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Chad Swiatecki is a 20-year journalist who relocated to Austin from his home state of Michigan in 2008. He most enjoys covering the intersection of arts, business and local/state politics. He has written for Rolling Stone, Spin, New York Daily News, Texas Monthly, Austin American-Statesman and many other regional and national outlets.
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Parks board to reconsider request to OK parkland for Dove Springs health center
The city’s Parks and Recreation Board will hold a special meeting Tuesday to reconsider a request to use city parkland in Southeast Austin for the site of a new community health center.
The special session is a follow-up to last month’s meeting where concerns over giving up 2.6 acres of Dove Springs District Park, and questions over how much money will be set aside for the future purchase of replacement parkland, caused the board to vote to delay its approval. Staff from the Public Works Department and Austin Health Department said the delay could add months to the delivery schedule for the $12 million facility, which is expected to open in 2023 and has become a priority for leaders in the underserved community.
Since the last meeting, the city has increased the amount of land mitigation funding to $388,000 from the $181,000 figure that drew questions over the methods Parks and Recreation Department staff used to calculate property values in the area.
Up to $150,000 in mitigation money will be used to make improvements to a soccer field and to trails in the rest of the park property, with that amount coming from the $16 million in total bond money allocated for the health center. The remaining $238,000 from the health department’s general fund balance from the current budget year will be used to purchase future replacement property in the area that will be converted into parkland.
If the parks board approves the request at Tuesday’s meeting, the issue is expected to face quick approval when it comes before City Council on Sept. 19.
Mayor Pro Tem Delia Garza said she and other District 2 leaders were surprised at the parks board’s decision since most had assumed the request wouldn’t generate much discussion or opposition. Garza has sought to fast-track the clinic because it will provide a host of preventive health care and other community services that are currently available only on a limited basis in the areas surrounding Dove Springs.
“I understand that board is specifically focused on parks, but my hope is that they take a broad look at the issue and understand the need that exists there,” she said. “There’s a high need to provide all kinds of services in one place, and public health is really a difficult situation when you’re trying to serve people out of a school, at Mendez (Middle School).”
Garza said she expects many community members to attend the meeting Tuesday to speak in support of the center and the benefits it would provide for the Dove Springs area.
When it opens, the 23,000-square-foot neighborhood center will provide a community nurse, basic food pantry, clothes closet, and on-site social workers and other staff to assist visitors with job applications, securing bus passes and signing up for other service programs. It will also include an immunization clinic for adults and children, a WIC clinic for mothers and children, and a child care center.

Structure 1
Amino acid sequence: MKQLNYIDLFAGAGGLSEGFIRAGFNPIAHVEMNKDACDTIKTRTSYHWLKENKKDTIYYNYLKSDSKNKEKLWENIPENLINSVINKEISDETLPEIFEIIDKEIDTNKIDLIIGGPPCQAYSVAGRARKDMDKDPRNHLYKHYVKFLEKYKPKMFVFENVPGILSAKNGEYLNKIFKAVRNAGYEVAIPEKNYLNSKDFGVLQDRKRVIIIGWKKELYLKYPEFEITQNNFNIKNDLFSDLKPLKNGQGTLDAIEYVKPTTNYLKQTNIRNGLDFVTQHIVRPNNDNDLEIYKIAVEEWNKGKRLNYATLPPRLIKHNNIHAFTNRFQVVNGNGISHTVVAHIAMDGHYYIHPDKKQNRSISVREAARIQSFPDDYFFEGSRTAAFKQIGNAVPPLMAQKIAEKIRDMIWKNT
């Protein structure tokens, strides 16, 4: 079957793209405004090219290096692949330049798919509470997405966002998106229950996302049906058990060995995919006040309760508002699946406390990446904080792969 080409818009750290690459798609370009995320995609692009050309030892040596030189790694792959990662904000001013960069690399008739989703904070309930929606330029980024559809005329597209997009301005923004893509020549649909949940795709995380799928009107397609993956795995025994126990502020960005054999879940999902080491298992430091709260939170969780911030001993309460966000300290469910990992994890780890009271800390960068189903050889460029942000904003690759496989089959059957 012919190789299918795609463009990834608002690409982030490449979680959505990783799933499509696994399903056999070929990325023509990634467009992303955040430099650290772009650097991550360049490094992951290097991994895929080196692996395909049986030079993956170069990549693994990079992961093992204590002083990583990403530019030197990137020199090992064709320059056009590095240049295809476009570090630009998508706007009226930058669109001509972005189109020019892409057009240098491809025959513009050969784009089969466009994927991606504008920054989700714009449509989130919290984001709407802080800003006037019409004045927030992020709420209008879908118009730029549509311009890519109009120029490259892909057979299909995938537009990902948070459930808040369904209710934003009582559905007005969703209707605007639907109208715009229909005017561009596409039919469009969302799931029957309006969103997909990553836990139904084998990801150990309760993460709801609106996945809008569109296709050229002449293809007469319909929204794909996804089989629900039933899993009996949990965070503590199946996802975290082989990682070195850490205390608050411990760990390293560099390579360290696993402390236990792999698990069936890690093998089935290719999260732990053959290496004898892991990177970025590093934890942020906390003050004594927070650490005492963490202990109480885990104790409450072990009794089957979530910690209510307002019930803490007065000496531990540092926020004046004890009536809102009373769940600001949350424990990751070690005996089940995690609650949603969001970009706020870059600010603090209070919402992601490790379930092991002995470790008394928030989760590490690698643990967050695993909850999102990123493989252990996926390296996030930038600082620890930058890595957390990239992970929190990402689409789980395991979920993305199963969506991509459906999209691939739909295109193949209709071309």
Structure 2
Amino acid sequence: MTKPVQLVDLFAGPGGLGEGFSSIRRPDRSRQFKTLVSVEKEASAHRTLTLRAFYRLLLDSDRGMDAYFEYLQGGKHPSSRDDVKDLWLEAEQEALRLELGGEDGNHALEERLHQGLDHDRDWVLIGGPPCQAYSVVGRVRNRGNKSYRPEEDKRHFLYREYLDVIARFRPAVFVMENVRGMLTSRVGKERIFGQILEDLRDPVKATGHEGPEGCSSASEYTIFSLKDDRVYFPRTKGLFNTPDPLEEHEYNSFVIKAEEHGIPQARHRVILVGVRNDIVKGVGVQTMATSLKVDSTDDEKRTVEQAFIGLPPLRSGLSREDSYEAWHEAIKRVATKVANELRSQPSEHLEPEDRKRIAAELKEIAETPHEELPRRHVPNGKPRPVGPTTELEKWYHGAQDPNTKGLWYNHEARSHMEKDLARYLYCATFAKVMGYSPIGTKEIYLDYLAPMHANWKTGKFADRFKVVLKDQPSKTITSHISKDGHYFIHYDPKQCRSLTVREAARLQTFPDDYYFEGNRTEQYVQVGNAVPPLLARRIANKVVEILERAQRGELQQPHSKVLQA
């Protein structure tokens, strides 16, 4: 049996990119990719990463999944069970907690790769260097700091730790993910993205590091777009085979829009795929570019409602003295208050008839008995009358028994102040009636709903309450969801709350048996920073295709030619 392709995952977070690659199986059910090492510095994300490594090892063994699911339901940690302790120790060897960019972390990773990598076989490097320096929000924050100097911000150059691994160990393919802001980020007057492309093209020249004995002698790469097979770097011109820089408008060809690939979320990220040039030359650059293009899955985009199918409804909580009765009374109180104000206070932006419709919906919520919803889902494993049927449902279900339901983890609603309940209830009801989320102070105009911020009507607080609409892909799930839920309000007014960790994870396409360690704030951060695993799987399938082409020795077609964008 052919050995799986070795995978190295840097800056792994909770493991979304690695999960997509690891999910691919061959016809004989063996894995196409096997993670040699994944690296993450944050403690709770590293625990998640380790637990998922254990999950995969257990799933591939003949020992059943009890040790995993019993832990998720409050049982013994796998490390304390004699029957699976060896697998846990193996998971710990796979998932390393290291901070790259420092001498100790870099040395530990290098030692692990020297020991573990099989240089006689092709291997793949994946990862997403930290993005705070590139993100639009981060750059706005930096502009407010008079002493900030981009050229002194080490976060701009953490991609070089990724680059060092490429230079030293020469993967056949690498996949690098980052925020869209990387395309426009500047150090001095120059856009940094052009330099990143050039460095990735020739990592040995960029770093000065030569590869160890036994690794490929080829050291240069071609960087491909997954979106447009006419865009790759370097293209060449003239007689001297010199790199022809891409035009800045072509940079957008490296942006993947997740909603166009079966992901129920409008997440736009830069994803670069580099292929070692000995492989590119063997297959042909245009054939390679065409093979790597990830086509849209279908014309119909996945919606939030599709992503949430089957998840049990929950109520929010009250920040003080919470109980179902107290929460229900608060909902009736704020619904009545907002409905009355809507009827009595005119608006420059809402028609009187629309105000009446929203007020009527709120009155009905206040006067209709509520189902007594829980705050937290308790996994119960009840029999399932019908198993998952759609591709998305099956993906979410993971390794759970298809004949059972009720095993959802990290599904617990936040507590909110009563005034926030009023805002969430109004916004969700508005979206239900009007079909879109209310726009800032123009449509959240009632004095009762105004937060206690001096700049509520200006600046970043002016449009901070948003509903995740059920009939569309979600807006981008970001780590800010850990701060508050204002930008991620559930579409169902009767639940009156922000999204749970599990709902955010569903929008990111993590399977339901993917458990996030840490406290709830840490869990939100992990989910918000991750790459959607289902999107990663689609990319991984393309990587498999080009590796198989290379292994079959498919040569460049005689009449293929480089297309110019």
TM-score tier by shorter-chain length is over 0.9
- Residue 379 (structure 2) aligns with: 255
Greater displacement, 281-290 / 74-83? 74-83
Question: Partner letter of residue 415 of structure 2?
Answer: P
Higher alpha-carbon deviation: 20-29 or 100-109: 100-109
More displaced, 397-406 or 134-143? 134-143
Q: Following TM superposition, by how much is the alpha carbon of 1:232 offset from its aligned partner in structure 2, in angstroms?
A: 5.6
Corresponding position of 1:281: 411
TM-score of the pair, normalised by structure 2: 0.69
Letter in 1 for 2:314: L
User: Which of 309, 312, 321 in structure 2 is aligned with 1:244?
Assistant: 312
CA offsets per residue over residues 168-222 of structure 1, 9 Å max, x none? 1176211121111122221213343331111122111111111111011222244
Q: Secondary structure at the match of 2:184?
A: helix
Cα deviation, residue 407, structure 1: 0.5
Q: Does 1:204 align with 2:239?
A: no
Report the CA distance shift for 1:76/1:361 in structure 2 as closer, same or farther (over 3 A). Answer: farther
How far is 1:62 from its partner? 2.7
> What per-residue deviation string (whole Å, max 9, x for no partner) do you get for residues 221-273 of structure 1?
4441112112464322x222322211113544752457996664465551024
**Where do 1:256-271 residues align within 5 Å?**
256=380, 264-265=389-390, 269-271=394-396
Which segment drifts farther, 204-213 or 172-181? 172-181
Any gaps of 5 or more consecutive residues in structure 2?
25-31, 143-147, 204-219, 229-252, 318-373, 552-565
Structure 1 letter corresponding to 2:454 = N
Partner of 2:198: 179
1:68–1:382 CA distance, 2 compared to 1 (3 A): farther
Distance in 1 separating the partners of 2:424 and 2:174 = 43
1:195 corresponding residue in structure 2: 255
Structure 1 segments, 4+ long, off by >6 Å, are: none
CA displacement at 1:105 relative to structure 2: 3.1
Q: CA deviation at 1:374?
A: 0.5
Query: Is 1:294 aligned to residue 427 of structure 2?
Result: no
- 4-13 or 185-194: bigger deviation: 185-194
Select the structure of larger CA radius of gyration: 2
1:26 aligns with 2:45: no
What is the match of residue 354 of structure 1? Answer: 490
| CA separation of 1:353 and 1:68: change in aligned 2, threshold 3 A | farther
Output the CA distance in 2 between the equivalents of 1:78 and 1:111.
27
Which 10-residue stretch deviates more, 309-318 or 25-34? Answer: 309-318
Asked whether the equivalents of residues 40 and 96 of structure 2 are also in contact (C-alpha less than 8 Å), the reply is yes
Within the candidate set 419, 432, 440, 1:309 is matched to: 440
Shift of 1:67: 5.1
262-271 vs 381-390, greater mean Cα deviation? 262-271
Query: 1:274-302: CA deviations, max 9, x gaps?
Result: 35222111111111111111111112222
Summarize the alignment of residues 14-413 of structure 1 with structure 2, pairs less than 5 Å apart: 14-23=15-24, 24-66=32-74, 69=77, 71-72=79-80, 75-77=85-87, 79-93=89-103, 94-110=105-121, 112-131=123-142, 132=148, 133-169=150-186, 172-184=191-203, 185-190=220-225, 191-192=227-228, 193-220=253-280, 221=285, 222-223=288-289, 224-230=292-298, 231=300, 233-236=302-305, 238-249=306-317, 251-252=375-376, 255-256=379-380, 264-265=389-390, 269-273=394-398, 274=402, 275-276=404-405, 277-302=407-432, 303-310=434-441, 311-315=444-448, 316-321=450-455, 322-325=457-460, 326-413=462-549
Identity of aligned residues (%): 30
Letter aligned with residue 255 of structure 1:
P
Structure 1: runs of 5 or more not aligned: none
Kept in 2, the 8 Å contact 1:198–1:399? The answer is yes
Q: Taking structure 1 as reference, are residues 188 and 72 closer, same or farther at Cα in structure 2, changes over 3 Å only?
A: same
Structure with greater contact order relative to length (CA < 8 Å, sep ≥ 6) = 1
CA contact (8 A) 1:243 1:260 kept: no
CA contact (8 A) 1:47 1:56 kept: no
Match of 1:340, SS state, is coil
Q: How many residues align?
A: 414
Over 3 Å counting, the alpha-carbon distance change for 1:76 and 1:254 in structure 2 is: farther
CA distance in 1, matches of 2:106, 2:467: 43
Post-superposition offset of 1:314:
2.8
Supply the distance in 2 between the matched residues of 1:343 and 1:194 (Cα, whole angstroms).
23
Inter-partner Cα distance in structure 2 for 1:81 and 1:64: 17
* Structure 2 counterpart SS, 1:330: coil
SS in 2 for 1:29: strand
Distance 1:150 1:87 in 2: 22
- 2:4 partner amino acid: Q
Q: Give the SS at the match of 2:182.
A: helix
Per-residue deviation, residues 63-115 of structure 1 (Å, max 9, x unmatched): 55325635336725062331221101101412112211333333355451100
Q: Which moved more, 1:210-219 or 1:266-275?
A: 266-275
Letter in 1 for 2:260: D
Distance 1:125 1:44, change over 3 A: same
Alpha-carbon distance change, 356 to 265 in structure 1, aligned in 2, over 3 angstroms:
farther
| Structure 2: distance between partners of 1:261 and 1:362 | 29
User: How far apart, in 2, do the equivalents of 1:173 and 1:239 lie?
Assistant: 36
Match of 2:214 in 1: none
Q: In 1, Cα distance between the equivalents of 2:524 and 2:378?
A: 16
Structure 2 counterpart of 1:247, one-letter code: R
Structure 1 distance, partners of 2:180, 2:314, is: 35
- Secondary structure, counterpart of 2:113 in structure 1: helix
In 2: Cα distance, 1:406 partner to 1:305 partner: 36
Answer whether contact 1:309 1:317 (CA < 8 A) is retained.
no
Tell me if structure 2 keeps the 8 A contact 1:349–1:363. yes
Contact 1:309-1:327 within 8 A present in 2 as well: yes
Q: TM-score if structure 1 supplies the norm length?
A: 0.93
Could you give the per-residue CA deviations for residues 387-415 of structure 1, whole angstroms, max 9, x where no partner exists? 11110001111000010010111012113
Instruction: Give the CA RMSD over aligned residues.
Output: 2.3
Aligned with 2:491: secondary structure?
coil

If Council approves the parkland request later this month, Public Works staff will move ahead with completing the preliminary planning and design documents needed to open a request for qualifications process for firms competing to design and build the center. Council approved the design/build approach in May with the goal of streamlining the procurement process, but there was concern the parks board’s delay could held up the RFQ and add to the time needed to begin construction.
Currently, it is expected permitting and other approvals for the clinic will take more than a year, with construction slated to begin in the summer of 2021.
Given the years of organizing and planning that went into the clinic’s inclusion on last year’s bond vote, Garza said she would like to see a way for the city to further other fast-track projects that address a clear need.
“It has been frustrating to understand the timeline that we have on capital projects like this one, but then again you have to think that we’re the 11th-largest city and growing so fast and that has to all be managed,” she said. “I’ve voiced that frustration several times because we need to be better about streamlining things that have already been identified years ago as being an obvious need for this community.”
Map courtesy of the city of Austin.
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Key Players & Topics In This Article
Austin City Council: The Austin City Council is the body with legislative purview over the City of Austin. It offers policy direction, while the office of the City Manager implements administrative actions based on those policies. Until 2012, the body contained seven members, including the city's Mayor, all elected at-large. In 2012, City of Austin residents voted to change that system and now 10 members of the Council are elected based on geographic districts. The Mayor continues to be elected at-large.
City of Austin Parks and Recreation Department: The city department responsible for the city's park system, rec centers, and associated infrastructure.